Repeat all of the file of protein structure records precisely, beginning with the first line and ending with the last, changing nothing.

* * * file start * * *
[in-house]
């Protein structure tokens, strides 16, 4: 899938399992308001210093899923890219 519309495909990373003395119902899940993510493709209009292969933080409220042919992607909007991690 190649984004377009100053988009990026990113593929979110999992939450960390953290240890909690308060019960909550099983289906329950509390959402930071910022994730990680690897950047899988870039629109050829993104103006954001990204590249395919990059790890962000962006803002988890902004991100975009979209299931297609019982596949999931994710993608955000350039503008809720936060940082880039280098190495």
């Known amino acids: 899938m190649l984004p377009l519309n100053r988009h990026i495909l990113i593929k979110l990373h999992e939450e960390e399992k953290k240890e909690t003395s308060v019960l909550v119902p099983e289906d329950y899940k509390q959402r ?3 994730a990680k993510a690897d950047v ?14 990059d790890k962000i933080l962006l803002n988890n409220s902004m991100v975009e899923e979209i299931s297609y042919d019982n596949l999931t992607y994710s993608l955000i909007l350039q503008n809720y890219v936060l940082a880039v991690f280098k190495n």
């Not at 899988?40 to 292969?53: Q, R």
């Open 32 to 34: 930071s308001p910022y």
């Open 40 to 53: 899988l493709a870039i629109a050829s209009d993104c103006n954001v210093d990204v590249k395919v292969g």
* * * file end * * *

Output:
[in-house]
């Protein structure tokens, strides 16, 4: 899938399992308001210093899923890219 519309495909990373003395119902899940993510493709209009292969933080409220042919992607909007991690 190649984004377009100053988009990026990113593929979110999992939450960390953290240890909690308060019960909550099983289906329950509390959402930071910022994730990680690897950047899988870039629109050829993104103006954001990204590249395919990059790890962000962006803002988890902004991100975009979209299931297609019982596949999931994710993608955000350039503008809720936060940082880039280098190495």
């Known amino acids: 899938m190649l984004p377009l519309n100053r988009h990026i495909l990113i593929k979110l990373h999992e939450e960390e399992k953290k240890e909690t003395s308060v019960l909550v119902p099983e289906d329950y899940k509390q959402r ?3 994730a990680k993510a690897d950047v ?14 990059d790890k962000i933080l962006l803002n988890n409220s902004m991100v975009e899923e979209i299931s297609y042919d019982n596949l999931t992607y994710s993608l955000i909007l350039q503008n809720y890219v936060l940082a880039v991690f280098k190495n």
């Not at 899988?40 to 292969?53: Q, R």
């Open 32 to 34: 930071s308001p910022y």
């Open 40 to 53: 899988l493709a870039i629109a050829s209009d993104c103006n954001v210093d990204v590249k395919v292969g």